The following is an article from our special
section, San Francisco Ballet in
"I didn't have a revelation
at any one point;
I just knew I always wanted to dance."
An Interview with Joanna Berman
San Francisco Ballet Principal Dancer
August 15, 2001
By Emma Pegler
Ballerina Joanna Berman joined San Francisco Ballet in 1984. She has
been a principal dancer for over 13 years and dances the full repertory
of the Company both classical and modern roles. In London she
is dancing in Christopher Wheeldon's Sea Pictures, Mark Morris'
A Garden and Sandpaper Ballet, and Helgi Tomasson's Chaconne
for Piano and Two Dancers. I interviewed her after rehearsal on
Ms. Berman was on the career path as a professional dancer
without ever making a conscious decision to do so. She says, I
didn't have a revelation at any one point; I just knew I always wanted
to dance. I really fell in love with it right away, very young
just before my fourth birthday. It was the most wonderful thing in my
life. So at the time when ballet schools begin to look at their
pupils with a critical eye to determine who is professional
material, it was always the assumption in Berman's case that she would
progress to ballerina. She trained at the Marin Ballet School, joining
San Francisco Ballet School aged 17, just one year before joining the
main company. At the SFB School she needed to make some adaptations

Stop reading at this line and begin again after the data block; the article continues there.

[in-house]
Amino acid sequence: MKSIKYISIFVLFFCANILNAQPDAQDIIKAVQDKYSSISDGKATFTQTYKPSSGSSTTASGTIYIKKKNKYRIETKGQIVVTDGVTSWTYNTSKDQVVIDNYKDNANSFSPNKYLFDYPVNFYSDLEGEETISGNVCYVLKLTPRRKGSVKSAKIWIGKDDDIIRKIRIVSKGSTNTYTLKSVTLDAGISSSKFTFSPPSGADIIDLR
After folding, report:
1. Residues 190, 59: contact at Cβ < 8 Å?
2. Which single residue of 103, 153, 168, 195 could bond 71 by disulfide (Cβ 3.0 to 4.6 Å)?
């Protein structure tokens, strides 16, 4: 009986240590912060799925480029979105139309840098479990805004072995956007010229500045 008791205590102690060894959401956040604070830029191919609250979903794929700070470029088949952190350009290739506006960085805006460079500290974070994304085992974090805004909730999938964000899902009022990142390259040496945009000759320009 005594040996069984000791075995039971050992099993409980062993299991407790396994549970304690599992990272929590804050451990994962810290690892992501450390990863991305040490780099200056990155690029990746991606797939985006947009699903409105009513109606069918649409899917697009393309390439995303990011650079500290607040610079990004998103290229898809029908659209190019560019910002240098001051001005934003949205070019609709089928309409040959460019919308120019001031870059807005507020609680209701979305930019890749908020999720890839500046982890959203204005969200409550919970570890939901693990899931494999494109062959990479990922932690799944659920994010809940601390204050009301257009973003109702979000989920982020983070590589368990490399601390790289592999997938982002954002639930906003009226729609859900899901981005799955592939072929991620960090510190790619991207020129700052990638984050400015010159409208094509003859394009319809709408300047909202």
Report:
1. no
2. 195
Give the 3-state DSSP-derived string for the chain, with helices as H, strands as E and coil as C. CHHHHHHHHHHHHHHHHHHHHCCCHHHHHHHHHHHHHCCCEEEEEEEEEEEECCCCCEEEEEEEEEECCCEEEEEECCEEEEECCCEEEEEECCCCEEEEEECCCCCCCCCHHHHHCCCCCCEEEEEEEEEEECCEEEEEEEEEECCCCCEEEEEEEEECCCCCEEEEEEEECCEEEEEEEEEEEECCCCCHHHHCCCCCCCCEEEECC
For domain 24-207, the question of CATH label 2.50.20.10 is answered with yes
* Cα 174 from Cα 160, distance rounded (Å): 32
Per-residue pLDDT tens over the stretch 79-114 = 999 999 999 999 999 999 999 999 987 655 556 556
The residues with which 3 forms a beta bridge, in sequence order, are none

to her style. The [SFB] School was very strict; much more technical
and much more detail oriented. It was 'hard core.' I was used to a much
more nurturing atmosphere. But then, when actually getting into the
Company itself, it wasn't so hard for me to adjust.
Helgi Tomasson wasn't yet Artistic
Director of SFB. Berman believes that when he came to the Company he
brought a certain quality which he instils in his dancers which is a
'cleanness of style.' Otherwise, she believes that the Company is not
an homogenous group of dancers. One of the things that she loves about
the Company is that it is comprised of so many different nationalities
and training backgrounds, whether it be Bolshoi, Paris Opera Ballet
or Marin, to name only a few. He [Helgi Tomasson] demonstrates
so beautifully. He is so pure it's that [cleanness of style]